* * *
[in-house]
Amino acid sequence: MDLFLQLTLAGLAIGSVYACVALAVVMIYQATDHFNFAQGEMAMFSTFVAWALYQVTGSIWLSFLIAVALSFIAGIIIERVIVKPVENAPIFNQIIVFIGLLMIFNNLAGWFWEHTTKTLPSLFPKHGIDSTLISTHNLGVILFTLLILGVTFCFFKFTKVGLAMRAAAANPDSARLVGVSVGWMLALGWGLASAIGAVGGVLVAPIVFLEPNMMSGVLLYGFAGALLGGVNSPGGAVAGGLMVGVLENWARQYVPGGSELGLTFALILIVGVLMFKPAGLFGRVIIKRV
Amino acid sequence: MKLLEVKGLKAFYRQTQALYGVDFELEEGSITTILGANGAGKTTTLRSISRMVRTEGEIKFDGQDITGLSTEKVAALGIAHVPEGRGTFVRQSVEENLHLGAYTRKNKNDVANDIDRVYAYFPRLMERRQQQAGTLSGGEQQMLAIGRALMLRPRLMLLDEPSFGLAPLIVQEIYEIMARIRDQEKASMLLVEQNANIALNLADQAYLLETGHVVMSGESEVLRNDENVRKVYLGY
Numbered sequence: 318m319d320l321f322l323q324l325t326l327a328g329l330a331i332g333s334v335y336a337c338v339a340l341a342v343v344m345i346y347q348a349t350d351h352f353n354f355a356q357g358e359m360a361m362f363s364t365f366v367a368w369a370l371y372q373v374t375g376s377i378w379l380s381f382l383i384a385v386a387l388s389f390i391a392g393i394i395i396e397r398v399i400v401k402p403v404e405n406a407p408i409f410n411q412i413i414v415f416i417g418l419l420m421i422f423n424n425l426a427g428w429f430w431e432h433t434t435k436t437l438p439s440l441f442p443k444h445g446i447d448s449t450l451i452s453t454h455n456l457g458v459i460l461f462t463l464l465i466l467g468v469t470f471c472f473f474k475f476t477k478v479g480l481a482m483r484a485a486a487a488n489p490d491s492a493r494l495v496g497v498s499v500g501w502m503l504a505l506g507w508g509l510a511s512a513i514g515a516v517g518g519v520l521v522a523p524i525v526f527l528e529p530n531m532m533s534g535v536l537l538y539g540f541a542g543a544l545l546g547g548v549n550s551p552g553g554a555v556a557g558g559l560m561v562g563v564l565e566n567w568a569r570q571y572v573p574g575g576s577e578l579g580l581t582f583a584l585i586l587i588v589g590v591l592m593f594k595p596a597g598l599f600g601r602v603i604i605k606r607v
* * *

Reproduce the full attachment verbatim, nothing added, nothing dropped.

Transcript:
[in-house]
Amino acid sequence: MDLFLQLTLAGLAIGSVYACVALAVVMIYQATDHFNFAQGEMAMFSTFVAWALYQVTGSIWLSFLIAVALSFIAGIIIERVIVKPVENAPIFNQIIVFIGLLMIFNNLAGWFWEHTTKTLPSLFPKHGIDSTLISTHNLGVILFTLLILGVTFCFFKFTKVGLAMRAAAANPDSARLVGVSVGWMLALGWGLASAIGAVGGVLVAPIVFLEPNMMSGVLLYGFAGALLGGVNSPGGAVAGGLMVGVLENWARQYVPGGSELGLTFALILIVGVLMFKPAGLFGRVIIKRV
Amino acid sequence: MKLLEVKGLKAFYRQTQALYGVDFELEEGSITTILGANGAGKTTTLRSISRMVRTEGEIKFDGQDITGLSTEKVAALGIAHVPEGRGTFVRQSVEENLHLGAYTRKNKNDVANDIDRVYAYFPRLMERRQQQAGTLSGGEQQMLAIGRALMLRPRLMLLDEPSFGLAPLIVQEIYEIMARIRDQEKASMLLVEQNANIALNLADQAYLLETGHVVMSGESEVLRNDENVRKVYLGY
Numbered sequence: 318m319d320l321f322l323q324l325t326l327a328g329l330a331i332g333s334v335y336a337c338v339a340l341a342v343v344m345i346y347q348a349t350d351h352f353n354f355a356q357g358e359m360a361m362f363s364t365f366v367a368w369a370l371y372q373v374t375g376s377i378w379l380s381f382l383i384a385v386a387l388s389f390i391a392g393i394i395i396e397r398v399i400v401k402p403v404e405n406a407p408i409f410n411q412i413i414v415f416i417g418l419l420m421i422f423n424n425l426a427g428w429f430w431e432h433t434t435k436t437l438p439s440l441f442p443k444h445g446i447d448s449t450l451i452s453t454h455n456l457g458v459i460l461f462t463l464l465i466l467g468v469t470f471c472f473f474k475f476t477k478v479g480l481a482m483r484a485a486a487a488n489p490d491s492a493r494l495v496g497v498s499v500g501w502m503l504a505l506g507w508g509l510a511s512a513i514g515a516v517g518g519v520l521v522a523p524i525v526f527l528e529p530n531m532m533s534g535v536l537l538y539g540f541a542g543a544l545l546g547g548v549n550s551p552g553g554a555v556a557g558g559l560m561v562g563v564l565e566n567w568a569r570q571y572v573p574g575g576s577e578l579g580l581t582f583a584l585i586l587i588v589g590v591l592m593f594k595p596a597g598l599f600g601r602v603i604i605k606r607v